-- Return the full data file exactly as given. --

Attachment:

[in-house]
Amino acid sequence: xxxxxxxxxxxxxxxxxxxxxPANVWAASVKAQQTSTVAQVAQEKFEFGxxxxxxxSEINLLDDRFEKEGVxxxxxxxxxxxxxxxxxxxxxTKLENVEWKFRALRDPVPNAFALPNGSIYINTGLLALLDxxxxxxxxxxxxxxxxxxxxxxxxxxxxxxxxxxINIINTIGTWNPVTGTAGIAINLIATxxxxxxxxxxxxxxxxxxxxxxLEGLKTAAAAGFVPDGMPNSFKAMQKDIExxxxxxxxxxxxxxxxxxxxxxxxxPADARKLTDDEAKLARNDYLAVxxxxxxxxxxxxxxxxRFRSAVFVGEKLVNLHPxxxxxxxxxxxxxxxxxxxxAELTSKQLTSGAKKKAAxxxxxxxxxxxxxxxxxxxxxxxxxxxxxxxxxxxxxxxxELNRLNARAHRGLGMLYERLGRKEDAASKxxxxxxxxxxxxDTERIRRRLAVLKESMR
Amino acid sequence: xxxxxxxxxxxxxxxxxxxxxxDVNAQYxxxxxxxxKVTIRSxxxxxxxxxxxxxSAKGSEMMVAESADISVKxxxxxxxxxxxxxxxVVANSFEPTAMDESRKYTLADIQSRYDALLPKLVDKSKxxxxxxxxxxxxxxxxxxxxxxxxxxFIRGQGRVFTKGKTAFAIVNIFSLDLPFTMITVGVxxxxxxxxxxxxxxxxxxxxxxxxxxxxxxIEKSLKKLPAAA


[in-house]
Amino acid sequence: xxxxxxxxxxxxxxxxxxxxxPANVWAASVKAQQTSTVAQVAQEKFEFGxxxxxxxSEINLLDDRFEKEGVxxxxxxxxxxxxxxxxxxxxxTKLENVEWKFRALRDPVPNAFALPNGSIYINTGLLALLDxxxxxxxxxxxxxxxxxxxxxxxxxxxxxxxxxxINIINTIGTWNPVTGTAGIAINLIATxxxxxxxxxxxxxxxxxxxxxxLEGLKTAAAAGFVPDGMPNSFKAMQKDIExxxxxxxxxxxxxxxxxxxxxxxxxPADARKLTDDEAKLARNDYLAVxxxxxxxxxxxxxxxxRFRSAVFVGEKLVNLHPxxxxxxxxxxxxxxxxxxxxAELTSKQLTSGAKKKAAxxxxxxxxxxxxxxxxxxxxxxxxxxxxxxxxxxxxxxxxELNRLNARAHRGLGMLYERLGRKEDAASKxxxxxxxxxxxxDTERIRRRLAVLKESMR
Amino acid sequence: xxxxxxxxxxxxxxxxxxxxxxDVNAQYxxxxxxxxKVTIRSxxxxxxxxxxxxxSAKGSEMMVAESADISVKxxxxxxxxxxxxxxxVVANSFEPTAMDESRKYTLADIQSRYDALLPKLVDKSKxxxxxxxxxxxxxxxxxxxxxxxxxxFIRGQGRVFTKGKTAFAIVNIFSLDLPFTMITVGVxxxxxxxxxxxxxxxxxxxxxxxxxxxxxxIEKSLKKLPAAA